JUNEAU - Residents and visitors still have time to see the Alaska State Museum's special summer exhibitions.
As part of September's First Friday art walk, artifacts recovered recently from the wreck of the Torrent, Alaska's oldest known locatable shipwreck, will be available for viewing.
The Torrent, a U.S. Army supply vessel, was wrecked and sank in July 1868 near Port Graham, on the Kenai Peninsula. In 2006, a team of four investigators led by Steve Lloyd started an expedition to find the remains of the shipwreck.
In October 2007, the team announced that it had found the remnants of the ship. Numerous metal objects were found on the wreck, and some are being conserved at the museum.
"A bronze mountain howitzer has been sent south for treatment, but we have numerous small items we are preserving and would like assistance in identifying," Museum Conservator Ellen Carrlee said. "These include fragments of armaments or ordnance and objects associated with sailing ships of the time. I would like to connect with people who are enthusiasts and collectors of this kind of history."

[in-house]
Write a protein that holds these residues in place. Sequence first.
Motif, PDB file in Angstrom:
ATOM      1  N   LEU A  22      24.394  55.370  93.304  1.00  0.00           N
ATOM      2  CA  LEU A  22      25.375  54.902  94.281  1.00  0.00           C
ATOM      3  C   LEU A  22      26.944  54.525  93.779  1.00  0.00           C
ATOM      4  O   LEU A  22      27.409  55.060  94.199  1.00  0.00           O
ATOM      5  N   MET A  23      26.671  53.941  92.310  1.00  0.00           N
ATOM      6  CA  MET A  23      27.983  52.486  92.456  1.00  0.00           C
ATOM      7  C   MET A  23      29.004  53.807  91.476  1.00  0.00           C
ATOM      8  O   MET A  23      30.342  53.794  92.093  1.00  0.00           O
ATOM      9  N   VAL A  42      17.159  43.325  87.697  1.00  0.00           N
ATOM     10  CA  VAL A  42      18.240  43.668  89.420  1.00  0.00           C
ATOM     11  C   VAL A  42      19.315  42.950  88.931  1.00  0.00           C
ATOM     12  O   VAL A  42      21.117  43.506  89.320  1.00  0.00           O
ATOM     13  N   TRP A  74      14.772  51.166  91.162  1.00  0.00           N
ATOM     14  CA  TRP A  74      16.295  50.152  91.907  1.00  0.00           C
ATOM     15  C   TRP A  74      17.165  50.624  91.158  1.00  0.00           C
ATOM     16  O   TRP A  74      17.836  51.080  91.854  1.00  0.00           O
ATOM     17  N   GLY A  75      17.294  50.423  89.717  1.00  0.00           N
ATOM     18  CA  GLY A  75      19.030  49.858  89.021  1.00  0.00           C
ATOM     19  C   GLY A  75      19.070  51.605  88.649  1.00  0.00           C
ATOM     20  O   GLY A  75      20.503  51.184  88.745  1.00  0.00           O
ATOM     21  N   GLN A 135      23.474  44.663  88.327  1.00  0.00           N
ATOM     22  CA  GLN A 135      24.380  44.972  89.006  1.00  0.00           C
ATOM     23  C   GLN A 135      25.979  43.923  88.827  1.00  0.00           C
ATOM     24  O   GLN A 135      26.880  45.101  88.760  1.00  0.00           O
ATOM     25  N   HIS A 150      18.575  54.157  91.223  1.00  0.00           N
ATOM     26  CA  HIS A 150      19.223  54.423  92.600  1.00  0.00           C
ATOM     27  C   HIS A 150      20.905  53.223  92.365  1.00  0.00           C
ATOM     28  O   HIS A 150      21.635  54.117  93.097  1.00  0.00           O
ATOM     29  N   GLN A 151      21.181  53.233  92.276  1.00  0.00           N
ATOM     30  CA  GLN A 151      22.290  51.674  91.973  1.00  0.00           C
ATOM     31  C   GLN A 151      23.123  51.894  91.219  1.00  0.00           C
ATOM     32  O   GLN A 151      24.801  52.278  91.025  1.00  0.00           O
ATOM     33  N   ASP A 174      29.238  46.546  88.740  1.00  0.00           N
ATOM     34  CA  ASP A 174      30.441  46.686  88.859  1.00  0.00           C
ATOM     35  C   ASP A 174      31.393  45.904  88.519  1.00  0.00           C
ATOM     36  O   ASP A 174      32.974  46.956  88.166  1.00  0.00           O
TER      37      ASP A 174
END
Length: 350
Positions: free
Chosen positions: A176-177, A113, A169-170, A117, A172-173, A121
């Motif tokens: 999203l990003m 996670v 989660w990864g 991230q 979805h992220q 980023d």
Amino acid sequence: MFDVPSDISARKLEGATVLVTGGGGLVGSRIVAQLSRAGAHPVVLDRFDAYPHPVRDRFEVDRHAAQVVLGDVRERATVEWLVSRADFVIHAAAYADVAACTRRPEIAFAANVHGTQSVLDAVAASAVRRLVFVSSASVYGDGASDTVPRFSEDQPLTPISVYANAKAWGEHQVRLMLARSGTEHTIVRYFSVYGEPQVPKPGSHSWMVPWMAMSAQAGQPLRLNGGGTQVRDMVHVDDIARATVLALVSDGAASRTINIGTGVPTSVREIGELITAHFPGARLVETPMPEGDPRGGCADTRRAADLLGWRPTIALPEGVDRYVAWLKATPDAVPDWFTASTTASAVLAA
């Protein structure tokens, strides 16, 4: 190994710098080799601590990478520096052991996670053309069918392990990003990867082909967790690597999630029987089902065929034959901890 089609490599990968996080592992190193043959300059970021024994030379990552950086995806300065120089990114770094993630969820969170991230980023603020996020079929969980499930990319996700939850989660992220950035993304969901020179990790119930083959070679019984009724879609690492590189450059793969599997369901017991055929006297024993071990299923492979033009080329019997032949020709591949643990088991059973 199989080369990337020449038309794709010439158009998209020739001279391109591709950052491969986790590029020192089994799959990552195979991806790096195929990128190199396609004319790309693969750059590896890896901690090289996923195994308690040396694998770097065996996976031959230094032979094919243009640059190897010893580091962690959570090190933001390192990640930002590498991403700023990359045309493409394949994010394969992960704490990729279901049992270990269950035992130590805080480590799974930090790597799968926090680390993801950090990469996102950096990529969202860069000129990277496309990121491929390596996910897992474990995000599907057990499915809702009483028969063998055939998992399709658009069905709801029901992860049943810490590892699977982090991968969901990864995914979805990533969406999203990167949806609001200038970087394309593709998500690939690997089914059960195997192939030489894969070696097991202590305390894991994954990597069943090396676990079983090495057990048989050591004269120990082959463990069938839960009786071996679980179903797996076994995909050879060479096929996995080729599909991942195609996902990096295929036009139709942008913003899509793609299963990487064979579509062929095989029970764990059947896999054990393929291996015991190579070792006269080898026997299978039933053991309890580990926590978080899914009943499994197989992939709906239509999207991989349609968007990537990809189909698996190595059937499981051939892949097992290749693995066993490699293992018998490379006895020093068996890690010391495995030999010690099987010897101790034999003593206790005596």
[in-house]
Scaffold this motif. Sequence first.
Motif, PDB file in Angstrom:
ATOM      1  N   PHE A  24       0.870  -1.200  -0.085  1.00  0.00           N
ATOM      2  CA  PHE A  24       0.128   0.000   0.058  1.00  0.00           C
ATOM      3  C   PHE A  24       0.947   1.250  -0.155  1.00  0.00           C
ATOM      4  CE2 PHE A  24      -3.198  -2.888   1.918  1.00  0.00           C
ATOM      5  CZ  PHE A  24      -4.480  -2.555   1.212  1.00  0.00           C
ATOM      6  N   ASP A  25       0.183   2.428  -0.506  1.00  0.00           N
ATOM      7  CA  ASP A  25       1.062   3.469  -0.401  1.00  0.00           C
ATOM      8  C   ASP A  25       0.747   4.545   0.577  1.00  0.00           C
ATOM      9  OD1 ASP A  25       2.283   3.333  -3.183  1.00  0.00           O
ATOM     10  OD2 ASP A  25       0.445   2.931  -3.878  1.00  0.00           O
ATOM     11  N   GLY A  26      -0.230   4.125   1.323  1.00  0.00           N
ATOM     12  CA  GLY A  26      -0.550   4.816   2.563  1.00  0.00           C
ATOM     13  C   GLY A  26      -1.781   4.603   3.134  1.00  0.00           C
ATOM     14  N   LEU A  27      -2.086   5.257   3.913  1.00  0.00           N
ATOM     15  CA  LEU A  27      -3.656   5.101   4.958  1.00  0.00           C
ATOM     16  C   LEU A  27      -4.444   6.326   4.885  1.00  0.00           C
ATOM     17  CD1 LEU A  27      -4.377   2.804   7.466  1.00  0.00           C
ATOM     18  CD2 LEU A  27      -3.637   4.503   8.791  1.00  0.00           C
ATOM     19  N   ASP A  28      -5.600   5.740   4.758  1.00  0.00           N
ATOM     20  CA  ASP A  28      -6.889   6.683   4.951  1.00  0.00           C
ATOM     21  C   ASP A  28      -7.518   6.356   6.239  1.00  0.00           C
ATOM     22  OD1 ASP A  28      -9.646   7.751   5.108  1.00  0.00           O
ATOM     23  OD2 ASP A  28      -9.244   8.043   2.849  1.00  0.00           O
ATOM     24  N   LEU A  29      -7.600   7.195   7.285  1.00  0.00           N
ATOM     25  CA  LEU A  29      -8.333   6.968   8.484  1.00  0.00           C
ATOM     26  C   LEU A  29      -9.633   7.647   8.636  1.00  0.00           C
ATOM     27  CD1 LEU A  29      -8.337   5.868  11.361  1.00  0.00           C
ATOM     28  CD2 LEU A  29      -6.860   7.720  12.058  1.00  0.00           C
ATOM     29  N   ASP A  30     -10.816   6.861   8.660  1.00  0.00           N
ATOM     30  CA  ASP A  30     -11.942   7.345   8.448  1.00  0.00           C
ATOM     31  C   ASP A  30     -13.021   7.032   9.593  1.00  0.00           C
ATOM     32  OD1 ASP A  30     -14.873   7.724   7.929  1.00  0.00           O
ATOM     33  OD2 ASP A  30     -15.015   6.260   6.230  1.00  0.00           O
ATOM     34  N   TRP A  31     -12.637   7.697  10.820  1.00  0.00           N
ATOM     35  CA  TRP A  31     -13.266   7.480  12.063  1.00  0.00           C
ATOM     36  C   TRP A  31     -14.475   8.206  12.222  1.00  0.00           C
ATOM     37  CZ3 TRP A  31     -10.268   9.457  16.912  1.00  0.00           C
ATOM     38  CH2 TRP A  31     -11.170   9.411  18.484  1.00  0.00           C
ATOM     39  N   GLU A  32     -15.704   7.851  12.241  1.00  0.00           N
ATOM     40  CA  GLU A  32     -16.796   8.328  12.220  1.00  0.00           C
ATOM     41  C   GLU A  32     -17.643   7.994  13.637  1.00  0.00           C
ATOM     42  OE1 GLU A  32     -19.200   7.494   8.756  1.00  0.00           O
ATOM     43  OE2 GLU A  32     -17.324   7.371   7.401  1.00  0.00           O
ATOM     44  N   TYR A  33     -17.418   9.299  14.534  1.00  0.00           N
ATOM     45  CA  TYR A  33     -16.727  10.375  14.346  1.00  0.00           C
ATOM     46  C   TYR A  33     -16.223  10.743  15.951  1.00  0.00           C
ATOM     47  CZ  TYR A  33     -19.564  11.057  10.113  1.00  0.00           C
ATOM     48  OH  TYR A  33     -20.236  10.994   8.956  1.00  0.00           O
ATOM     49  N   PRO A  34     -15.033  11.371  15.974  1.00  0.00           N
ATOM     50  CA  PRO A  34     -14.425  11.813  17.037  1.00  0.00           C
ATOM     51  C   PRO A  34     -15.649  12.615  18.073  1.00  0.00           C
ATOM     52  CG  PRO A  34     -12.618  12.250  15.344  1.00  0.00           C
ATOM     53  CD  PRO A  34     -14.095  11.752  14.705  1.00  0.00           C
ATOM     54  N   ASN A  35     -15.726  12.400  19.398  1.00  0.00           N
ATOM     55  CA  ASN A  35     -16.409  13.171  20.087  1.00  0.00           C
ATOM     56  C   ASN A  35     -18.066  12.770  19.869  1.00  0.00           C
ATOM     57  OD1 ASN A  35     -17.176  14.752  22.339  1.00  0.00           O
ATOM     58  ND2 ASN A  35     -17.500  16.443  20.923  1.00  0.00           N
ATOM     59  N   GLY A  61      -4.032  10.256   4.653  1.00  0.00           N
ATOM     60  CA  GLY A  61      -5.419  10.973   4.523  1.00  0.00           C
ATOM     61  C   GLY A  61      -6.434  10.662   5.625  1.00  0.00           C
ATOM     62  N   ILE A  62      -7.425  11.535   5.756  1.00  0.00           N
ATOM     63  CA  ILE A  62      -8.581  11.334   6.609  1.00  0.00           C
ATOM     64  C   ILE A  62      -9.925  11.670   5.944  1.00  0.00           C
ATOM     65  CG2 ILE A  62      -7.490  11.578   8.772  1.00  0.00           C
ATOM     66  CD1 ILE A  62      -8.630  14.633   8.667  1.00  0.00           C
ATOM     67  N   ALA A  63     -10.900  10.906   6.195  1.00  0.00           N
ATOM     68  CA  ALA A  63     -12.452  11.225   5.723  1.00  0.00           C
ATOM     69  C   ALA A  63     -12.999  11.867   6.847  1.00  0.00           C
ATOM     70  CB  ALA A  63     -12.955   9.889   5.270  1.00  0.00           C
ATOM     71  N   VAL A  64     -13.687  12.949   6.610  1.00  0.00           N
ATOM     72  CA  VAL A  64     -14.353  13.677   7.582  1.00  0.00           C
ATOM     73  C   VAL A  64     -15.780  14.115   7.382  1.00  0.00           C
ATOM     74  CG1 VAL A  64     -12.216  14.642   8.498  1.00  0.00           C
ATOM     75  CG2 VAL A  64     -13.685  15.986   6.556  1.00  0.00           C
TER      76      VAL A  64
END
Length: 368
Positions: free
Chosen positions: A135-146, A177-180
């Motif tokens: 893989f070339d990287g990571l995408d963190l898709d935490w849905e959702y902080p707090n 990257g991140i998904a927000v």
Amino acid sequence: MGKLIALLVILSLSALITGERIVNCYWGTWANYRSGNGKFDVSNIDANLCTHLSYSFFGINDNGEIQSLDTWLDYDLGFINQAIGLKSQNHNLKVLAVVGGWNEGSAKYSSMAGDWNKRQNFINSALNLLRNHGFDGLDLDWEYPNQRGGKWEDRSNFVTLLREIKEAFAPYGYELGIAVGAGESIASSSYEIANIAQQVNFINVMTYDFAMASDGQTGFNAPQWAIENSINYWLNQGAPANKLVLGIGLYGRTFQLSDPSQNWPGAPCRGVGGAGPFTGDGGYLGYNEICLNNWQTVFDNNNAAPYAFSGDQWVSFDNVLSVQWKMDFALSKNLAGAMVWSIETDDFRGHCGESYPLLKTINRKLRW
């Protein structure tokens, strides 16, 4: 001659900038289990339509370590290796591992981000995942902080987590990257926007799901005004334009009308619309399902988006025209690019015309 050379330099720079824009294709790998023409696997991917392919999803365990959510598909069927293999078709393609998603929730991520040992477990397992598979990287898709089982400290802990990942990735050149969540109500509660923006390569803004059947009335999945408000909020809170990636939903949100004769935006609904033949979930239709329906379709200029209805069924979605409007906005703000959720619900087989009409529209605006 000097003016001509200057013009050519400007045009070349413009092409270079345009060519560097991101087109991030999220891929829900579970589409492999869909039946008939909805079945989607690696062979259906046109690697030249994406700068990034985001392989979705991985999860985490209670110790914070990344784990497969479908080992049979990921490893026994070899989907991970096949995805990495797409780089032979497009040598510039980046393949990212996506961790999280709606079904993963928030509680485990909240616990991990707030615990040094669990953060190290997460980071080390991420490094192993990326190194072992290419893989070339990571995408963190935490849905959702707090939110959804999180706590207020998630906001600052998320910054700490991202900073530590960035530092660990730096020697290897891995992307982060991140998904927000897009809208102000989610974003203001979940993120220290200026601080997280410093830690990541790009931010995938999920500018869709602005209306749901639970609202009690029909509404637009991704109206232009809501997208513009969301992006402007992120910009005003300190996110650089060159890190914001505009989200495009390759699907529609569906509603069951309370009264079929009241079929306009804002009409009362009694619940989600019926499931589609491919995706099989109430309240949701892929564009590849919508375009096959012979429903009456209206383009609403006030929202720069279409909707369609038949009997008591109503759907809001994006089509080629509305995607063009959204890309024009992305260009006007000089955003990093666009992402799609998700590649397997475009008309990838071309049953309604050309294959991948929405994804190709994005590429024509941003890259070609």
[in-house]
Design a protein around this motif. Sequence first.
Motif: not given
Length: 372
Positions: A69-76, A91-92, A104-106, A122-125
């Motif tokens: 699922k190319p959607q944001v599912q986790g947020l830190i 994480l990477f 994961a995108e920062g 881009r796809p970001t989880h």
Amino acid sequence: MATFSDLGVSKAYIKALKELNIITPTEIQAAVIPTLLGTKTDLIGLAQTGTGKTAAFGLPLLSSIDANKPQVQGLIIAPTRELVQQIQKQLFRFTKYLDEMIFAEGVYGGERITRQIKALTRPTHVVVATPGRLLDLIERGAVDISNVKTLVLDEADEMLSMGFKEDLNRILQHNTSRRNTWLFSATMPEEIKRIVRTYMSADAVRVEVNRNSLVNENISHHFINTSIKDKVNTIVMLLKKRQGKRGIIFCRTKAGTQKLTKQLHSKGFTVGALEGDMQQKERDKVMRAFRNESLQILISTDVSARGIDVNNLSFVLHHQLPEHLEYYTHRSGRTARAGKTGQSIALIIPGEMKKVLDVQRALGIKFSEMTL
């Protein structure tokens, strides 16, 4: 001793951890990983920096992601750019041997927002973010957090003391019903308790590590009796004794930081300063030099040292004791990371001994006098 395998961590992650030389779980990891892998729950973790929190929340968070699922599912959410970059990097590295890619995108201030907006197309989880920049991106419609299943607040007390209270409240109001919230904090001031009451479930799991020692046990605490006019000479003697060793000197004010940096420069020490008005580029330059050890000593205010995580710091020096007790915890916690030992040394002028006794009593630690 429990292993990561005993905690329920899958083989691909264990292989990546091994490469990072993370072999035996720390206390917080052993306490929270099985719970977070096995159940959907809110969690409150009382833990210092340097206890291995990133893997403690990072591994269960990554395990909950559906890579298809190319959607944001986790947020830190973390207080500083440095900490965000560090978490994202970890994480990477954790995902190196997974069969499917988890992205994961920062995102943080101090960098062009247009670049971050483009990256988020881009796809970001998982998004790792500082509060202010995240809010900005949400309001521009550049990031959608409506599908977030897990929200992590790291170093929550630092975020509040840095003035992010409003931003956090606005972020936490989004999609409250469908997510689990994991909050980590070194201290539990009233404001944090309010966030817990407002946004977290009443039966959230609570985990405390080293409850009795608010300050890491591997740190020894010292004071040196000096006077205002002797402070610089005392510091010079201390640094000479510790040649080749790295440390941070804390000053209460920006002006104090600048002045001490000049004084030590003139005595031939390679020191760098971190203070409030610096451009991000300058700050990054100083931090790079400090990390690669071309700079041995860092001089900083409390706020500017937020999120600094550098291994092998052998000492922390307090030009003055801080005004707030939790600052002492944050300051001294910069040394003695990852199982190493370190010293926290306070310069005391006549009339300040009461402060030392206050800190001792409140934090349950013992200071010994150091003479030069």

Since the objects are still being treated for conservation, they will be out only during the Friday evening artwalk.
The Torrent was built in 1852, and was about 150 feet long with two decks. The crew and passengers survived the wreck, but the ship was never salvaged.
Museum hours are 8:30 a.m. to 5:30 p.m. daily through Sept. 22, although the museum will be closed Sept. 7 for Labor Day.
First Friday admission is free.
Regular admission is $5. Visitors 18 and under are admitted free of charge.
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